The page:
Instructional leadership with Virginia administrators
I also had the wonderful opportunity this summer to work with school administrators from across Virginia. We met virtually for 90 minutes each day for a week. The setup was similar to what I just described with Virginia educators. On Monday and Tuesday, I introduced them to the 4 Shifts Protocol but we adopted more of an instructional leadership lens, not just a teaching lens. On Wednesday, we talked about some organizational strategies, leadership behaviors, and coaching techniques – again, more of an instructional leadership focus than just a pedagogical focus. On Thursday they brought lessons like the teachers did and we practiced instructional coaching with those lessons using the protocol. Friday was an ‘office hours’ approach again, and the leadership questions and ideas that they brought to those discussions were amazing.
Innovative remote instruction with Texas administrators and building leadership teams
I worked with a school district in Texas at the beginning of the summer and was able to help kick off their annual, 2-day, in-district leadership institute. They asked me to do a short keynote highlighting some possibilities for hands-on, active student learning. I then facilitated 3 follow-up sessions over the next day and a half, working with elementary, middle, and high school administrators and their building leadership teams. I tried to connect some ideas from my keynote to the realities of pandemic-era remote instruction. I also showed and discussed multiple, concrete, age-specific examples with each group to illustrate how we can redesign instruction for higher student engagement, even during blended or online learning. All of this work was virtual.
Instructional leadership with Massachusetts administrators
I had an incredible experience with a school district in Massachusetts this summer. We spent a total of 3 weeks together, all virtual. During the first week all of the administrators in the district read Harnessing Technology for Deeper Learning and engaged in a virtual book study. I dropped in each day to interact in their Canvas course shell and answer questions. During the second week we alternated between synchronous and asynchronous learning together. For instance, on Monday, Wednesday, and Friday of that week, we met together virtually in Zoom for a couple of hours of very robust conversation each day. I also created over a dozen mini-modules full of resources that they could explore in between each live meetup. The school leaders had lots of choice (because I’m trying to model, right?) and could investigate anything in the mini-modules that interested them. Some of the topics that they dove into were:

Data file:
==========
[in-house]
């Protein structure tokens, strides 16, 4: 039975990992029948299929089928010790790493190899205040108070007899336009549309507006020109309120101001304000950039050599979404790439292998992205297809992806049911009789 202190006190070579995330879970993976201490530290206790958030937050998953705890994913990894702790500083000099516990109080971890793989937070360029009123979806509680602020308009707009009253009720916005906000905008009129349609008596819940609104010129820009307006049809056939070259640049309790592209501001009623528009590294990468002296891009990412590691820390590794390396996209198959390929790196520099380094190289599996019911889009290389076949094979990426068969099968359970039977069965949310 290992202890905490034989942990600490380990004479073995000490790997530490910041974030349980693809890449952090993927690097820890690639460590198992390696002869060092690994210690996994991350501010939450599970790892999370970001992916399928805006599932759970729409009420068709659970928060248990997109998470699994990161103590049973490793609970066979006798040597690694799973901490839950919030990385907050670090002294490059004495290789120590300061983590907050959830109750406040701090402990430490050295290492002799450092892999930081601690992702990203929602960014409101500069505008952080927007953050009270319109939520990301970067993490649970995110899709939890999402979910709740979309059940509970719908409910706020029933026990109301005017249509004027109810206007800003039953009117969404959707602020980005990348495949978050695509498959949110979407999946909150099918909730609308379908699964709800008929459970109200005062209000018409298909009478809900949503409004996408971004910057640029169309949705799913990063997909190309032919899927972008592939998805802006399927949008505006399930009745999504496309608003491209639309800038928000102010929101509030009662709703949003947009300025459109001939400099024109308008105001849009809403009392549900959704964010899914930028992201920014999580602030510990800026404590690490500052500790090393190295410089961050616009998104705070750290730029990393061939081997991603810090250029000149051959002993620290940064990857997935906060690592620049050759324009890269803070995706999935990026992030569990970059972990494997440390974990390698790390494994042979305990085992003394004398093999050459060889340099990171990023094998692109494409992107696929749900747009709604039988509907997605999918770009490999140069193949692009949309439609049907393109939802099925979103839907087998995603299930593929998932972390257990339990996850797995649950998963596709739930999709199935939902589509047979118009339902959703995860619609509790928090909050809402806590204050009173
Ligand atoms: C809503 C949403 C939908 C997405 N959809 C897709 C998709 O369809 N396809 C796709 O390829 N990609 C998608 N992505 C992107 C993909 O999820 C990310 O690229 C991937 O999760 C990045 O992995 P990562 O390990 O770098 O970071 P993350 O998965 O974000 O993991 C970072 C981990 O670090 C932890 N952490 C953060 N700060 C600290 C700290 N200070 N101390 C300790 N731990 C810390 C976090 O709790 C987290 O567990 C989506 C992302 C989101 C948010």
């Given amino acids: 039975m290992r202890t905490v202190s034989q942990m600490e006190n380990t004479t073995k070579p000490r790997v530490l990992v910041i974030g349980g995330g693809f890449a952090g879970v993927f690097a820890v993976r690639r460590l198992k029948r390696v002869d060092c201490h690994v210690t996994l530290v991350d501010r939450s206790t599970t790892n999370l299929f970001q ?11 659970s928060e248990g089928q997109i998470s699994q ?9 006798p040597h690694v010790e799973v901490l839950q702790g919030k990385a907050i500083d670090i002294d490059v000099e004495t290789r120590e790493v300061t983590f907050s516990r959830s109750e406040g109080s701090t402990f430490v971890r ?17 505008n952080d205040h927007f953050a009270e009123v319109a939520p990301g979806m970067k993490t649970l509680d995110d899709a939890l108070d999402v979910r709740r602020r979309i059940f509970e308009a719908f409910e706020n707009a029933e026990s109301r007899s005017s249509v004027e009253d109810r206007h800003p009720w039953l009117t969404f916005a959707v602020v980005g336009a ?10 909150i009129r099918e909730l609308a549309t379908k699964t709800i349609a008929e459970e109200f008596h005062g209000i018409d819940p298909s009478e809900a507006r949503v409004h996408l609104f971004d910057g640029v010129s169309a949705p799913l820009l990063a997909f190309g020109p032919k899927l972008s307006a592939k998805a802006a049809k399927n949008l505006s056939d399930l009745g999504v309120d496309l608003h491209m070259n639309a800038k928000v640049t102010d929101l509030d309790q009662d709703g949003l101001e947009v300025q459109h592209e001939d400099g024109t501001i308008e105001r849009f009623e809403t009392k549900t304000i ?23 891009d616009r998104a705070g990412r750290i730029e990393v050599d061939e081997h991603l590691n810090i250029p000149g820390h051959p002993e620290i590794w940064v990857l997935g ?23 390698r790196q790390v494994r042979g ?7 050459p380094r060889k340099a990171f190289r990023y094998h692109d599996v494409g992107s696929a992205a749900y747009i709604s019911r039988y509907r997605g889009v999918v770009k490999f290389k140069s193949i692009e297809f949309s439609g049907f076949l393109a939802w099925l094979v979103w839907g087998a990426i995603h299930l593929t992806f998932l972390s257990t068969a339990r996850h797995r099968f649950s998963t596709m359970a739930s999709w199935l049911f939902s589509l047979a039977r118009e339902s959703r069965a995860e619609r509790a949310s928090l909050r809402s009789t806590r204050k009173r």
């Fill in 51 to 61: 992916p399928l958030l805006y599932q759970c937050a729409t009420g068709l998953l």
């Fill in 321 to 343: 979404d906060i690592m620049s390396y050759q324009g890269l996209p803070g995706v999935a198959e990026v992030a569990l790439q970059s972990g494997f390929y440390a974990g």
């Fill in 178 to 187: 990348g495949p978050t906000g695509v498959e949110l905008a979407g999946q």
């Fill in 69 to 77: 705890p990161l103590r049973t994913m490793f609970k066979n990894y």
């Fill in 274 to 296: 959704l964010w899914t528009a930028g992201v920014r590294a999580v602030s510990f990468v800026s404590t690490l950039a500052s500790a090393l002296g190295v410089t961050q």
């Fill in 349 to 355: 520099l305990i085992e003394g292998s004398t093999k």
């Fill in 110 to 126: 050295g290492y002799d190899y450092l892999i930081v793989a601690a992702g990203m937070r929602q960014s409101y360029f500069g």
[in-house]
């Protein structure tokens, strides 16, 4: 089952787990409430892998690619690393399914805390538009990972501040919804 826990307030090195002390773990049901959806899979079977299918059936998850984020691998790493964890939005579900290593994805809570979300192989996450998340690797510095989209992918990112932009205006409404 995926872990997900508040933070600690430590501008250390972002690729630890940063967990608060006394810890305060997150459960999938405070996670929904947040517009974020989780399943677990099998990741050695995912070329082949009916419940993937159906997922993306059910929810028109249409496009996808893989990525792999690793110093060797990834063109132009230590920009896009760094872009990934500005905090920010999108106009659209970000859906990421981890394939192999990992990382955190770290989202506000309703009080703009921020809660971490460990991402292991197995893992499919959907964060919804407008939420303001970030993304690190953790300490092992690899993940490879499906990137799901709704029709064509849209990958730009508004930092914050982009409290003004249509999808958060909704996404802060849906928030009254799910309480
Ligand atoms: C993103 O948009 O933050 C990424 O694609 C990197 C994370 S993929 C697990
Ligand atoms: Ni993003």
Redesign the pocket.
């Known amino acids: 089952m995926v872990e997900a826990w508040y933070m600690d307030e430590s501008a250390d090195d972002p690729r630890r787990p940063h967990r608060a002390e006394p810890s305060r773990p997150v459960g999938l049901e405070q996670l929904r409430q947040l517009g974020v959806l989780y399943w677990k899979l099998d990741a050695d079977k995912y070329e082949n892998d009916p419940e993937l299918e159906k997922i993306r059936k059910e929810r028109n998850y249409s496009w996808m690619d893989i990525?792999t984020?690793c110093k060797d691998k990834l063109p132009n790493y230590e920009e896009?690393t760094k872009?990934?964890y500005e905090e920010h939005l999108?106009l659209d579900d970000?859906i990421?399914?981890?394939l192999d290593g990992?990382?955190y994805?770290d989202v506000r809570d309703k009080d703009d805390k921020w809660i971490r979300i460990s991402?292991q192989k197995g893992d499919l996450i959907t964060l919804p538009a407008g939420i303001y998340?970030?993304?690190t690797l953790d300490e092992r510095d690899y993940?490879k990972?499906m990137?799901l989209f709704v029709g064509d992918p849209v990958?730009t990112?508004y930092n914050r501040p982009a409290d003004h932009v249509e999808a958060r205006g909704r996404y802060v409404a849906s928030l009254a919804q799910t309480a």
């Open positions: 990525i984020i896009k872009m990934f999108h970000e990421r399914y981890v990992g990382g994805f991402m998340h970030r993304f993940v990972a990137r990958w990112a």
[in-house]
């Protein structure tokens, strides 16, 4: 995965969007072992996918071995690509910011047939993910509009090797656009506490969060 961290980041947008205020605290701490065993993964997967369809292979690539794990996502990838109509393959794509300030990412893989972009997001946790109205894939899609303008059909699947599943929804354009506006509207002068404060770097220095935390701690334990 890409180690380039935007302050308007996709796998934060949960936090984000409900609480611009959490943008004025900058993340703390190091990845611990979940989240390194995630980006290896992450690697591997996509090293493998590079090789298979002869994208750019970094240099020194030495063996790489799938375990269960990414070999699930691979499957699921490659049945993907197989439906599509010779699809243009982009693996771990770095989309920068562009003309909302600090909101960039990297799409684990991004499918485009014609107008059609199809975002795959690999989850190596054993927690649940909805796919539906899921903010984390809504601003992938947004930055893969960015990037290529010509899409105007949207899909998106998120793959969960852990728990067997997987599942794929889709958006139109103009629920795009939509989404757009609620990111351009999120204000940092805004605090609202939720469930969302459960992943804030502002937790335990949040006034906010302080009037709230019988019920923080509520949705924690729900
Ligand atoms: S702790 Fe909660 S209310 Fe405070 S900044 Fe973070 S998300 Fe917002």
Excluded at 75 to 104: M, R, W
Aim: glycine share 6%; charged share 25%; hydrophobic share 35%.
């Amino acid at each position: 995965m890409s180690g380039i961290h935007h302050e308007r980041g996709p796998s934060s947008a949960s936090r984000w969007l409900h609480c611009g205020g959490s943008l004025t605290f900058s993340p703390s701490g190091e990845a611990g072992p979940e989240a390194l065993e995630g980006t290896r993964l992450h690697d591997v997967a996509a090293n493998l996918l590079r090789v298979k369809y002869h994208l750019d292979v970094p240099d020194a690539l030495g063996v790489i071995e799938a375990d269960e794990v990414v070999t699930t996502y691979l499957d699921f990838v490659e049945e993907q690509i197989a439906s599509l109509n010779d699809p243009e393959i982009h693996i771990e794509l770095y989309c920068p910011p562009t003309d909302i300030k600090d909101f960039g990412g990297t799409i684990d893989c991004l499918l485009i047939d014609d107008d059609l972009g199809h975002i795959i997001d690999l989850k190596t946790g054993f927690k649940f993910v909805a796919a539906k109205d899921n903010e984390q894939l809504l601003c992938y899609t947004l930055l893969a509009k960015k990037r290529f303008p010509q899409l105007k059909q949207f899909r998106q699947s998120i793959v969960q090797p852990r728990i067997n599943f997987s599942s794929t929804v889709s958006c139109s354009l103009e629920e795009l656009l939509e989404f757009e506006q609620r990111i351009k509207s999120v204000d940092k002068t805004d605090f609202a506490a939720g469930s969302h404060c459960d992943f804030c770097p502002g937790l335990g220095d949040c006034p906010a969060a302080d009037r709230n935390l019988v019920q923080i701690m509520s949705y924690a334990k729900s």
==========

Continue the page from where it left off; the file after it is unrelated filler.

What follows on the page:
Workforce preparation and job automation
Skills development and college/career readiness
Educator staffing and the future of the teacher workforce
The integration of robots into day-to-day life
New literacies, including digital storytelling, AR/VR, and student multimedia / transmedia production
Instructional redesign for deeper learning, including additional leadership and coaching scenarios
Inquiry-based, project-based, and other high engagement learning strategies
The research behind deeper learning/teaching strategies and student achievement
High-engagement remote learning
PBL during remote learning
Equity considerations during a pandemic
We also had a concurrent online discussion space in Canvas where they could share their reactions, concerns, and ideas for their local schools from the mini-modules. Those conversations were very active and impressive.
All of that work continued into the third week, and the district also folded in some assistant principals, instructional coaches, media specialists, and other building-level teacher leaders. They are working to create a critical mass of people who might be ready to begin transforming day-to-day instruction. This was an incredibly unique 3-week experience for me. I was able to pilot and try a number of new virtual professional learning modalities with this district and had some absolutely phenomenal discussions with them. I get to work with them a little more this fall and absolutely can’t wait.